Italian painter, draughtsman and printmaker. His early art drew on a variety of sources, which included the naturalism of Rutilio Manetti and Francesco Rustici, the descriptive realism of the engraver Giuliano Periccioli (d 1646) and the Baroque of Raffaelle Vanni. Mei s interests even embraced 16th-century Sienese art. This stylistic variety is evident in his first known works, such as a bier (Casole d Elsa, Collegiata), three signed miniatures in the Libro dei leoni (1634; Siena, Palazzo Piccolomini, Archivio Stato) and frescoes of scenes from the Life of St Bernard (1639; Siena, oratory of S Bernardino). His experimental approach is also displayed in such works as the Annunciation (Siena, Seminario Montarioso), which may be dated between the mid-1630s and the early 1640s. Mei s early maturity is marked by a conscious return to the naturalism of Manetti, enriched with a Baroque pathos and soft, fluid brushwork, as in the St Peter in Prison Awoken by the Angel and St Peter Freed by the Angel (both Siena; Conservatori Femminili Riuniti).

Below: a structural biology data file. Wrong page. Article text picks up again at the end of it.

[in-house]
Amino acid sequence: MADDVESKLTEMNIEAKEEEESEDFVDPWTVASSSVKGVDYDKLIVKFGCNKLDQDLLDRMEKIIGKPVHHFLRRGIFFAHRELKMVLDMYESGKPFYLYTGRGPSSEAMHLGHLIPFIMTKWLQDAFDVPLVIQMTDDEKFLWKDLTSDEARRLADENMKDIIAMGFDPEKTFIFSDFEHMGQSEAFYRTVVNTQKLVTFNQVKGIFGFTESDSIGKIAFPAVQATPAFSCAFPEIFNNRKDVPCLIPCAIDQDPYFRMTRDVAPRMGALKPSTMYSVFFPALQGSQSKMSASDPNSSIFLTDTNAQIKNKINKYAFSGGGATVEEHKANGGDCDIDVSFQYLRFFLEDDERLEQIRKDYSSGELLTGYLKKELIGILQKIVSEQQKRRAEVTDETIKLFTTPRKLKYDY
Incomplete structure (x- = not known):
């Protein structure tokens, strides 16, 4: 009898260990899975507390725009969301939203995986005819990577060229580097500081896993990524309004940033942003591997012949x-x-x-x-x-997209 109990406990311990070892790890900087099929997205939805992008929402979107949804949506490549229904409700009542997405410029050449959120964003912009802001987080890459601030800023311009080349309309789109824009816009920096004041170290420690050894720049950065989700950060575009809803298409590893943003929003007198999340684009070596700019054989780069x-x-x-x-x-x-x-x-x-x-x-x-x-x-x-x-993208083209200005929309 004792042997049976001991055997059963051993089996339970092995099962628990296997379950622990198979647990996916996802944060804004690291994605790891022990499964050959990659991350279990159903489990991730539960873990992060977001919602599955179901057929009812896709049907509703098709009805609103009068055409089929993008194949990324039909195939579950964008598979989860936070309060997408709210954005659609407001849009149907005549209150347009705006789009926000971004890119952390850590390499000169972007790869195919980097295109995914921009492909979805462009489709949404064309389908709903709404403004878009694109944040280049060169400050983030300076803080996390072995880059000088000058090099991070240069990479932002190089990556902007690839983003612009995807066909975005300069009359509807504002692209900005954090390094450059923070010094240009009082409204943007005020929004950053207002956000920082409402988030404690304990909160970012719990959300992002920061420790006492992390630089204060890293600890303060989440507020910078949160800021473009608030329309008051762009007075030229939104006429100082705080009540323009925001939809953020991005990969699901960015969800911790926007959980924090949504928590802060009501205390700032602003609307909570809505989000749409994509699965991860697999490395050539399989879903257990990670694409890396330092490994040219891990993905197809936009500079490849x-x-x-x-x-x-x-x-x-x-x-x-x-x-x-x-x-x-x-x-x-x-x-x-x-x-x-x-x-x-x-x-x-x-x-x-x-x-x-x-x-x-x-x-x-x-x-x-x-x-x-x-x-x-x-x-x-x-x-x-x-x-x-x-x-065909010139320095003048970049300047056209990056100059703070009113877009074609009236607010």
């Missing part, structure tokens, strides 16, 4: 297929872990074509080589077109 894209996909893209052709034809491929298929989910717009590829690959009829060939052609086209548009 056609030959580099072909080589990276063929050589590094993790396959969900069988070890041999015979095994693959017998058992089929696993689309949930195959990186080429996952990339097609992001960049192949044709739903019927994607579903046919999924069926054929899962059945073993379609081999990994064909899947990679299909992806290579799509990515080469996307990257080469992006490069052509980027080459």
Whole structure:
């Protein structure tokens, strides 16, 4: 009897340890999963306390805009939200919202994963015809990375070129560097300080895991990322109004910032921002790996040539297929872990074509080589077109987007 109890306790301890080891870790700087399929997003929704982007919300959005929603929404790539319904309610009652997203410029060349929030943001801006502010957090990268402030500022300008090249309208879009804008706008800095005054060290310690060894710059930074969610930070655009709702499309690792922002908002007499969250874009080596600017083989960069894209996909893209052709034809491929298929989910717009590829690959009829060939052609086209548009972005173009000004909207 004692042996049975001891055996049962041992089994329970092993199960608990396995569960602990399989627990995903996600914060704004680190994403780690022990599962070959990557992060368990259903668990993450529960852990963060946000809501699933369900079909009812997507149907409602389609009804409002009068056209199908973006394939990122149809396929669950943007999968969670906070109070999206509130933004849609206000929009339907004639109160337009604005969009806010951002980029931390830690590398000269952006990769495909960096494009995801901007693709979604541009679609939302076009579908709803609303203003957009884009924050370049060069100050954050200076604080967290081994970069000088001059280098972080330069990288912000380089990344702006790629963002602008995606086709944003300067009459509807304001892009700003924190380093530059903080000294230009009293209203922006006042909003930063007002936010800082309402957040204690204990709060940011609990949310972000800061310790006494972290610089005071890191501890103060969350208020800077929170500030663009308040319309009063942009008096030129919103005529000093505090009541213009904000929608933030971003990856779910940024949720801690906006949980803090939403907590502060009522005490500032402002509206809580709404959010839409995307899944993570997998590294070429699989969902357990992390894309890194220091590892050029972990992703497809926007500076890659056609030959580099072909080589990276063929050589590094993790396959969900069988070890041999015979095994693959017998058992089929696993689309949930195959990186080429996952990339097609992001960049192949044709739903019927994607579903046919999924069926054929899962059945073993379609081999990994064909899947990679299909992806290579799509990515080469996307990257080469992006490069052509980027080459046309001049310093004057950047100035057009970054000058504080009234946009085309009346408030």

His interest in both naturalism and the Baroque made him responsive to the art of Mattia Preti,
possibly seen in Rome, as in the Beheading of St John the Baptist (1647; Siena, oratory of S Giovannino in Pantaneto) and the frescoes of scenes from the Life of St Roch and Life of St Job (1648; Siena, S Rocco), which also reveal the influence of Pier Francesco Mola.
Bernardino Mei had the good fortune of being patronised and favoured by Fabio Chigi, later Pope Alexander VII, who belonged to one of the most powerful families in Siena, the artist s native city. Chigi was elected Pope in 1655 and two years later summoned Mei to Rome, where the latter joined the Accademia di San Luca. Whilst in Rome Mei executed a number of paintings, of a religious and allegorical nature, both for the Pope and for his nephew Cardinal Flavio Chigi.
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